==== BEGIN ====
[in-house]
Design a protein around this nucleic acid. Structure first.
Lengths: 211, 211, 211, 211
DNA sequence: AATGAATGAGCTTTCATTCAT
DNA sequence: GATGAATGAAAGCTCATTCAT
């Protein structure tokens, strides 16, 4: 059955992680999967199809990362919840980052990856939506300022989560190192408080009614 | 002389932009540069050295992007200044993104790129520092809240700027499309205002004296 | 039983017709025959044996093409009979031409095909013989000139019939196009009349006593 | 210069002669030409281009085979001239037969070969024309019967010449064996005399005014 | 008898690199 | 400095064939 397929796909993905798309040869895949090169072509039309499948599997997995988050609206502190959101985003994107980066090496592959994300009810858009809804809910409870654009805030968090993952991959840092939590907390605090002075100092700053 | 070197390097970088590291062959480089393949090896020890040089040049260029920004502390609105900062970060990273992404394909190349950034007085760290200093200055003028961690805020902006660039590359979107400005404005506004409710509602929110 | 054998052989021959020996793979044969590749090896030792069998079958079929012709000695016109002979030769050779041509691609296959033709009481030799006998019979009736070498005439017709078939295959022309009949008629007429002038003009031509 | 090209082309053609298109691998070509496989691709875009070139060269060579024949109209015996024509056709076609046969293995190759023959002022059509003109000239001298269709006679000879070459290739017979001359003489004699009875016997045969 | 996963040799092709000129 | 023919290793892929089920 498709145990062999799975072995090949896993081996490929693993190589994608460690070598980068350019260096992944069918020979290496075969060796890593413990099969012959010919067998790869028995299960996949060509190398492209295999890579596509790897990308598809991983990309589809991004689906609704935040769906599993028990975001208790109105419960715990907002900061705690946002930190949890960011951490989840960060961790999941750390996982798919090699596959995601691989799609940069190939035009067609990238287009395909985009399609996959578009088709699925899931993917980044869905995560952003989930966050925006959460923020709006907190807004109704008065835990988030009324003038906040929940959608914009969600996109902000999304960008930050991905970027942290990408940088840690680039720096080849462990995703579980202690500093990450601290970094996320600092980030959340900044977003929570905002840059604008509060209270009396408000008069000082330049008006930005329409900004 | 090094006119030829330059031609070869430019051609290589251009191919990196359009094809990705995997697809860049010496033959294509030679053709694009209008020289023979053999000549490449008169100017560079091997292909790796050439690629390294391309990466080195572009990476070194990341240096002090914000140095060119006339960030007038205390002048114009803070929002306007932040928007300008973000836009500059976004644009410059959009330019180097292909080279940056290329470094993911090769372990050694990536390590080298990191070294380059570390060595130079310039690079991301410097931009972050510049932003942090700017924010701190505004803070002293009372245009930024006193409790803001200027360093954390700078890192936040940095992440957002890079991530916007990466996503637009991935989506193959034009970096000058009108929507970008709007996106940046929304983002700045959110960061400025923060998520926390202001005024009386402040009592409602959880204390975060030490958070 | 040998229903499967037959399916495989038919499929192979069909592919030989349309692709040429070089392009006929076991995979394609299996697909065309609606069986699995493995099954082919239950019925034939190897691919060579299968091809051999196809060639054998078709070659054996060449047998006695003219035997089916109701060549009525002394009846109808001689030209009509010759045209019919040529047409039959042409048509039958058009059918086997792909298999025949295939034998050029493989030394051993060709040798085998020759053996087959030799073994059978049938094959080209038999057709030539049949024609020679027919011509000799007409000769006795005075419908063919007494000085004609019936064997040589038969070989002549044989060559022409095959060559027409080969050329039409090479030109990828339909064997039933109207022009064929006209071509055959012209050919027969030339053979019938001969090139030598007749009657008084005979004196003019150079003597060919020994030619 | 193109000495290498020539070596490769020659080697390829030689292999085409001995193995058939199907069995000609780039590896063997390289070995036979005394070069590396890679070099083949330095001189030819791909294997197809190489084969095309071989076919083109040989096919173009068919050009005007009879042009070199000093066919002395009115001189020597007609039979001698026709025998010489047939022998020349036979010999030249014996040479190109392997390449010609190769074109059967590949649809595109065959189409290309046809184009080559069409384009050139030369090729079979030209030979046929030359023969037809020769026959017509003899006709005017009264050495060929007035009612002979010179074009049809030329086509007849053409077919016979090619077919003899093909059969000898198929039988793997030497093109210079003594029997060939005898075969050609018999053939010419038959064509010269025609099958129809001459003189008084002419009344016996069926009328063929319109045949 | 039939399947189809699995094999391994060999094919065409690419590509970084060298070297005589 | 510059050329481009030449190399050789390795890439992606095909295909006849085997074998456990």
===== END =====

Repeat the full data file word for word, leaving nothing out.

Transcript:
[in-house]
Design a protein around this nucleic acid. Structure first.
Lengths: 211, 211, 211, 211
DNA sequence: AATGAATGAGCTTTCATTCAT
DNA sequence: GATGAATGAAAGCTCATTCAT
């Protein structure tokens, strides 16, 4: 059955992680999967199809990362919840980052990856939506300022989560190192408080009614 | 002389932009540069050295992007200044993104790129520092809240700027499309205002004296 | 039983017709025959044996093409009979031409095909013989000139019939196009009349006593 | 210069002669030409281009085979001239037969070969024309019967010449064996005399005014 | 008898690199 | 400095064939 397929796909993905798309040869895949090169072509039309499948599997997995988050609206502190959101985003994107980066090496592959994300009810858009809804809910409870654009805030968090993952991959840092939590907390605090002075100092700053 | 070197390097970088590291062959480089393949090896020890040089040049260029920004502390609105900062970060990273992404394909190349950034007085760290200093200055003028961690805020902006660039590359979107400005404005506004409710509602929110 | 054998052989021959020996793979044969590749090896030792069998079958079929012709000695016109002979030769050779041509691609296959033709009481030799006998019979009736070498005439017709078939295959022309009949008629007429002038003009031509 | 090209082309053609298109691998070509496989691709875009070139060269060579024949109209015996024509056709076609046969293995190759023959002022059509003109000239001298269709006679000879070459290739017979001359003489004699009875016997045969 | 996963040799092709000129 | 023919290793892929089920 498709145990062999799975072995090949896993081996490929693993190589994608460690070598980068350019260096992944069918020979290496075969060796890593413990099969012959010919067998790869028995299960996949060509190398492209295999890579596509790897990308598809991983990309589809991004689906609704935040769906599993028990975001208790109105419960715990907002900061705690946002930190949890960011951490989840960060961790999941750390996982798919090699596959995601691989799609940069190939035009067609990238287009395909985009399609996959578009088709699925899931993917980044869905995560952003989930966050925006959460923020709006907190807004109704008065835990988030009324003038906040929940959608914009969600996109902000999304960008930050991905970027942290990408940088840690680039720096080849462990995703579980202690500093990450601290970094996320600092980030959340900044977003929570905002840059604008509060209270009396408000008069000082330049008006930005329409900004 | 090094006119030829330059031609070869430019051609290589251009191919990196359009094809990705995997697809860049010496033959294509030679053709694009209008020289023979053999000549490449008169100017560079091997292909790796050439690629390294391309990466080195572009990476070194990341240096002090914000140095060119006339960030007038205390002048114009803070929002306007932040928007300008973000836009500059976004644009410059959009330019180097292909080279940056290329470094993911090769372990050694990536390590080298990191070294380059570390060595130079310039690079991301410097931009972050510049932003942090700017924010701190505004803070002293009372245009930024006193409790803001200027360093954390700078890192936040940095992440957002890079991530916007990466996503637009991935989506193959034009970096000058009108929507970008709007996106940046929304983002700045959110960061400025923060998520926390202001005024009386402040009592409602959880204390975060030490958070 | 040998229903499967037959399916495989038919499929192979069909592919030989349309692709040429070089392009006929076991995979394609299996697909065309609606069986699995493995099954082919239950019925034939190897691919060579299968091809051999196809060639054998078709070659054996060449047998006695003219035997089916109701060549009525002394009846109808001689030209009509010759045209019919040529047409039959042409048509039958058009059918086997792909298999025949295939034998050029493989030394051993060709040798085998020759053996087959030799073994059978049938094959080209038999057709030539049949024609020679027919011509000799007409000769006795005075419908063919007494000085004609019936064997040589038969070989002549044989060559022409095959060559027409080969050329039409090479030109990828339909064997039933109207022009064929006209071509055959012209050919027969030339053979019938001969090139030598007749009657008084005979004196003019150079003597060919020994030619 | 193109000495290498020539070596490769020659080697390829030689292999085409001995193995058939199907069995000609780039590896063997390289070995036979005394070069590396890679070099083949330095001189030819791909294997197809190489084969095309071989076919083109040989096919173009068919050009005007009879042009070199000093066919002395009115001189020597007609039979001698026709025998010489047939022998020349036979010999030249014996040479190109392997390449010609190769074109059967590949649809595109065959189409290309046809184009080559069409384009050139030369090729079979030209030979046929030359023969037809020769026959017509003899006709005017009264050495060929007035009612002979010179074009049809030329086509007849053409077919016979090619077919003899093909059969000898198929039988793997030497093109210079003594029997060939005898075969050609018999053939010419038959064509010269025609099958129809001459003189008084002419009344016996069926009328063929319109045949 | 039939399947189809699995094999391994060999094919065409690419590509970084060298070297005589 | 510059050329481009030449190399050789390795890439992606095909295909006849085997074998456990």